AgileCamp 2014 Track 5: Visual Roadmapping with Kanban

895 views

Published on

AgileCamp 2014 Track 5: Visual Roadmapping with Kanban, Mahesh Singhm, CEO of Digite' (SwiftKanban)

Published in: Technology, Business
0 Comments
5 Likes
Statistics
Notes
  • Be the first to comment

No Downloads
Views
Total views
895
On SlideShare
0
From Embeds
0
Number of Embeds
96
Actions
Shares
0
Downloads
0
Comments
0
Likes
5
Embeds 0
No embeds

No notes for slide
  • Our initial expectations were low – we were unsure of what we would get with the use of Kanban.However, we felt we should get the ‘usual benefits of kanban’
  • Initial board – We started with what we had (this is not an exact representation – but it is close enough)We ran with that for about 8 months. And then things started to fall in place….Challenges – Cards were not getting to the Ready Queue – because PM thought they were not ready!Cards that were in the ready queue were not moving because Engg thought they were not ready! Cards were moving back from Ready to the Backlog because we discovered they were too big/ too complex to be taken up at that time.All of the Work being done by the PM team (and Engineering) PRIOR to the board was not being represented.So, we decided we needed to change that.
  • Separation of Planning (scoping/ estimation/ specing) from Execution (Dev/ QA)Specific columns for to recognize work already being done – but not in an organized manner. Greater pressure on PM/ Engg to collaborate early on – and estimate, get final prioritization and commit to it.The visual nature of the environment – combined with business rules we put in place – ensured that these steps got done!
  • We also detailed the workflow and we introduced changes in the Engineering processes to ensure thatJUnits were being written/ executed Functional Test Automation was being done by the developers before the task moved to QA.Code Review was being done – both product code and automation code
  • Most importantly, we realized that we were already doing a lot of the work that was not being shown on the board correctly. These included sudden customer requests for db scripts for them to extract data from our SaaS DB for reporting purposes. And we finally added a separate lane for the regular maintenance and refactoring work being done by Engineering.However – there was still a lot of pre-release planning work that PM was doing that was being done outside the system.PLUS – we needed a better way to analyze our priorities and define our backlog. What did we need to differentiate? What technology related enhancements needed to be done? What were the competition up to?So, we built the Roadmapping board.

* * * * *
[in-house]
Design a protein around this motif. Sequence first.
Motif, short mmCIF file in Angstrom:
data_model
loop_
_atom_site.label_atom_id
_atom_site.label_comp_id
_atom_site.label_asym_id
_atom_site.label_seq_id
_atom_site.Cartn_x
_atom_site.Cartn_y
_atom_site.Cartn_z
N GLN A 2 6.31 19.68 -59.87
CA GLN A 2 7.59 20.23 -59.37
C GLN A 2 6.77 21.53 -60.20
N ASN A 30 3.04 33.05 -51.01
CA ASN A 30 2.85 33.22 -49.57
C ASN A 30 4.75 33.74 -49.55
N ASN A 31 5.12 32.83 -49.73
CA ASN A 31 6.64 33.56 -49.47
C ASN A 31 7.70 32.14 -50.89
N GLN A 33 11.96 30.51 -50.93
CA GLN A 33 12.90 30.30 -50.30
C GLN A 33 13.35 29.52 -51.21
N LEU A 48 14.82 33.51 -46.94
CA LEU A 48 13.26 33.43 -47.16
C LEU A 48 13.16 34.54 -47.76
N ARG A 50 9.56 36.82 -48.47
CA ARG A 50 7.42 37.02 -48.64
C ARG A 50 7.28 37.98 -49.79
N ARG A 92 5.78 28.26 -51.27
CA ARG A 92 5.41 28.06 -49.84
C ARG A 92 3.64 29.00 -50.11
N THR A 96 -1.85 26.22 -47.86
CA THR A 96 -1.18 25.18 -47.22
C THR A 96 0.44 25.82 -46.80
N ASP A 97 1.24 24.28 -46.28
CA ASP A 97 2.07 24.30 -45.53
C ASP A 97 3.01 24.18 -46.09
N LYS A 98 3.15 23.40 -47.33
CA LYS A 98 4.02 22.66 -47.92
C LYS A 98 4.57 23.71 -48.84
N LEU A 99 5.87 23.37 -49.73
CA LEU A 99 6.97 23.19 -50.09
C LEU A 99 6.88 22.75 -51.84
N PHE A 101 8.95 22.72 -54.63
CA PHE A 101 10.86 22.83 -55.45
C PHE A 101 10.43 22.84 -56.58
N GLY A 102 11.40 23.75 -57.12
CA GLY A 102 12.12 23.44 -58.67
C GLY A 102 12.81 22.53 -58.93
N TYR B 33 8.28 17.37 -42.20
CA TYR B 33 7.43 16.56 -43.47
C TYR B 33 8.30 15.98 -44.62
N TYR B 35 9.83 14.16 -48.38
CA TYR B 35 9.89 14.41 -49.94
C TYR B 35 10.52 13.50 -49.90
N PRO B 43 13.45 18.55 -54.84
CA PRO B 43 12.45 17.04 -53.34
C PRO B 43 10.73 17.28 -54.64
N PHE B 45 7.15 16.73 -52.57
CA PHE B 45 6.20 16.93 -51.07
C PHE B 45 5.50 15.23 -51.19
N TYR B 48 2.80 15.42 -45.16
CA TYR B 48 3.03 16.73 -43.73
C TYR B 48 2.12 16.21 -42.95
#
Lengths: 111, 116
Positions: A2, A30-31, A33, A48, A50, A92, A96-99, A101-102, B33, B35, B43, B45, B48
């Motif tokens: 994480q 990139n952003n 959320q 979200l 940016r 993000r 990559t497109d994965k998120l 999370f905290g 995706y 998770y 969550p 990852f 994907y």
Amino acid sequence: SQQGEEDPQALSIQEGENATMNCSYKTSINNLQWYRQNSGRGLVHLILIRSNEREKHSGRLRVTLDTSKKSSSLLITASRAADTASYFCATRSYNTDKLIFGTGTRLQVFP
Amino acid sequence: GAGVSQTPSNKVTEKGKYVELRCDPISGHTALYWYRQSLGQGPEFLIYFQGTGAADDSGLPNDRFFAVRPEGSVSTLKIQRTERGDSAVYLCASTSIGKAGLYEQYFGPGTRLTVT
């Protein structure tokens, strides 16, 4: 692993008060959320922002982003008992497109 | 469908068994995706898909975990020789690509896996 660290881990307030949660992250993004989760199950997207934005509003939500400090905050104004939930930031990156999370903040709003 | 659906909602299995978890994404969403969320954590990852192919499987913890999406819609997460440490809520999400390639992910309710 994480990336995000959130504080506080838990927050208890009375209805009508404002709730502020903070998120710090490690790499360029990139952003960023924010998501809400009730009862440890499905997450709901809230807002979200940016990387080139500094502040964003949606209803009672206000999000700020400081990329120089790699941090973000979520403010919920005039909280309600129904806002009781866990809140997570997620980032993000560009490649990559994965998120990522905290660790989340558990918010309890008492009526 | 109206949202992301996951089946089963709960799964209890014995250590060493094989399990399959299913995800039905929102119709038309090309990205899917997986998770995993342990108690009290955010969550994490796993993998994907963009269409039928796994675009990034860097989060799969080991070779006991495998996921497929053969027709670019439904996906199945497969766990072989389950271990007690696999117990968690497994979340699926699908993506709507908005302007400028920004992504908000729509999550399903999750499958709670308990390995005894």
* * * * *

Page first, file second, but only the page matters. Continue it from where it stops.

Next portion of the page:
• We then went further upstream – and are now tracking our overall roadmap analysis on a higher level Kanban boardAnyone can contribute an ideaPut into buckets of Table Stakes, Catch-up, Differentiator/ Cool Stuff,HygieneEach release should ideally have a mix of each of these cards
  • Every time we start a key initiative – a new lane might get added to the board to track it separately. Once the work is done, it can be dropped.
  • AgileCamp 2014 Track 5: Visual Roadmapping with Kanban

    1. 1. Visual Roadmapping with Kanban Mahesh Singh Co-founder/ SVP – Product, Digité, Inc. Visualization is Enlightenment!
    2. 2. Agenda  In the Beginning…  Roadmapping Challenges!  Enter Kanban – What is Kanban?  Visualize – WIP Limits – Manage Flow  Evolution of our adoption of Kanban  Simple  Sophisticated  Tiered  Kanban – The Good, The Scary, The Beautiful  Q&A
    3. 3. Planning for the Next Release…. How we were…3 © Digite, Inc.
    4. 4. Waterfall – 2002-2006 4 © Digite, Inc.
    5. 5. Iterative – 2007 - 2010 IR1 IR2 IR 3 5 © Digite, Inc.
    6. 6. Our Release Schedule © Digite, Inc. 6  3 Releases per year  2 Minor  1 Major We thought we had it pretty good!
    7. 7. But behind the scene…7 © Digite, Inc.
    8. 8. What was going to be the “Next Release”?! © Digite, Inc. 8
    9. 9. Product Management could not “Define” © Digite, Inc. 9  Large backlog that was not very visible  Different functions clamoring for priority  PM and Engg teams busy with completing the last release  Multiple versions of MRD/ PRD across stakeholders PM was challenged to scope/ share/ get agreement on the next release!